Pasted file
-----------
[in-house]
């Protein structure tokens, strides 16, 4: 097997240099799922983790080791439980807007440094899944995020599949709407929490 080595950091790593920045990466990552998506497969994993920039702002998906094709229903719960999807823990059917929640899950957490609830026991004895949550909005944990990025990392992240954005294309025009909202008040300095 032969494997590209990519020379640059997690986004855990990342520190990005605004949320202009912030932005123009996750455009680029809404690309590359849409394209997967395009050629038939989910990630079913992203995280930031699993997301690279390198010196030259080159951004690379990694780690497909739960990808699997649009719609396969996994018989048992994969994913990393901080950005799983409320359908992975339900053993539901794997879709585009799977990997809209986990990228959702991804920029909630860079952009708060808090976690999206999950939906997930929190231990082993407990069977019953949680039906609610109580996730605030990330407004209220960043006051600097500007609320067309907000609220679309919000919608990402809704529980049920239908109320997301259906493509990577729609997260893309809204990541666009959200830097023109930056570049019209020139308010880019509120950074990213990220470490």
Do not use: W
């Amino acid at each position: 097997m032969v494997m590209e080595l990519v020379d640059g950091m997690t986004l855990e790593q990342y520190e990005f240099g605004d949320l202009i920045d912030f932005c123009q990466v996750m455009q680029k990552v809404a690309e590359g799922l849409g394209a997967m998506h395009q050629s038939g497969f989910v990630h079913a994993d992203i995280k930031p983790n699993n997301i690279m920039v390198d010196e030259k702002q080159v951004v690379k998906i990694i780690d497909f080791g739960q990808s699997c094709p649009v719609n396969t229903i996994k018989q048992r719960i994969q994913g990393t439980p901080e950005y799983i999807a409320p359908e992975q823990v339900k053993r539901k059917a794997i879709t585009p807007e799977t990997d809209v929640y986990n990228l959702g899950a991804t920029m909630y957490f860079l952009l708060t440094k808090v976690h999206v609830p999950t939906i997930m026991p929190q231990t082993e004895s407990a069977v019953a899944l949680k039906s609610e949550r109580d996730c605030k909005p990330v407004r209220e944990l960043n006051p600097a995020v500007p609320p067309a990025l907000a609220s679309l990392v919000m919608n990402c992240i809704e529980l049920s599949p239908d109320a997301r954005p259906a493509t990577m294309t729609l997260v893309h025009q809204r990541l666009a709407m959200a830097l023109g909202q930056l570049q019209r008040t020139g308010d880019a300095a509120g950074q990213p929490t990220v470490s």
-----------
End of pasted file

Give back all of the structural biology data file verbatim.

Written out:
[in-house]
């Protein structure tokens, strides 16, 4: 097997240099799922983790080791439980807007440094899944995020599949709407929490 080595950091790593920045990466990552998506497969994993920039702002998906094709229903719960999807823990059917929640899950957490609830026991004895949550909005944990990025990392992240954005294309025009909202008040300095 032969494997590209990519020379640059997690986004855990990342520190990005605004949320202009912030932005123009996750455009680029809404690309590359849409394209997967395009050629038939989910990630079913992203995280930031699993997301690279390198010196030259080159951004690379990694780690497909739960990808699997649009719609396969996994018989048992994969994913990393901080950005799983409320359908992975339900053993539901794997879709585009799977990997809209986990990228959702991804920029909630860079952009708060808090976690999206999950939906997930929190231990082993407990069977019953949680039906609610109580996730605030990330407004209220960043006051600097500007609320067309907000609220679309919000919608990402809704529980049920239908109320997301259906493509990577729609997260893309809204990541666009959200830097023109930056570049019209020139308010880019509120950074990213990220470490």
Do not use: W
């Amino acid at each position: 097997m032969v494997m590209e080595l990519v020379d640059g950091m997690t986004l855990e790593q990342y520190e990005f240099g605004d949320l202009i920045d912030f932005c123009q990466v996750m455009q680029k990552v809404a690309e590359g799922l849409g394209a997967m998506h395009q050629s038939g497969f989910v990630h079913a994993d992203i995280k930031p983790n699993n997301i690279m920039v390198d010196e030259k702002q080159v951004v690379k998906i990694i780690d497909f080791g739960q990808s699997c094709p649009v719609n396969t229903i996994k018989q048992r719960i994969q994913g990393t439980p901080e950005y799983i999807a409320p359908e992975q823990v339900k053993r539901k059917a794997i879709t585009p807007e799977t990997d809209v929640y986990n990228l959702g899950a991804t920029m909630y957490f860079l952009l708060t440094k808090v976690h999206v609830p999950t939906i997930m026991p929190q231990t082993e004895s407990a069977v019953a899944l949680k039906s609610e949550r109580d996730c605030k909005p990330v407004r209220e944990l960043n006051p600097a995020v500007p609320p067309a990025l907000a609220s679309l990392v919000m919608n990402c992240i809704e529980l049920s599949p239908d109320a997301r954005p259906a493509t990577m294309t729609l997260v893309h025009q809204r990541l666009a709407m959200a830097l023109g909202q930056l570049q019209r008040t020139g308010d880019a300095a509120g950074q990213p929490t990220v470490s």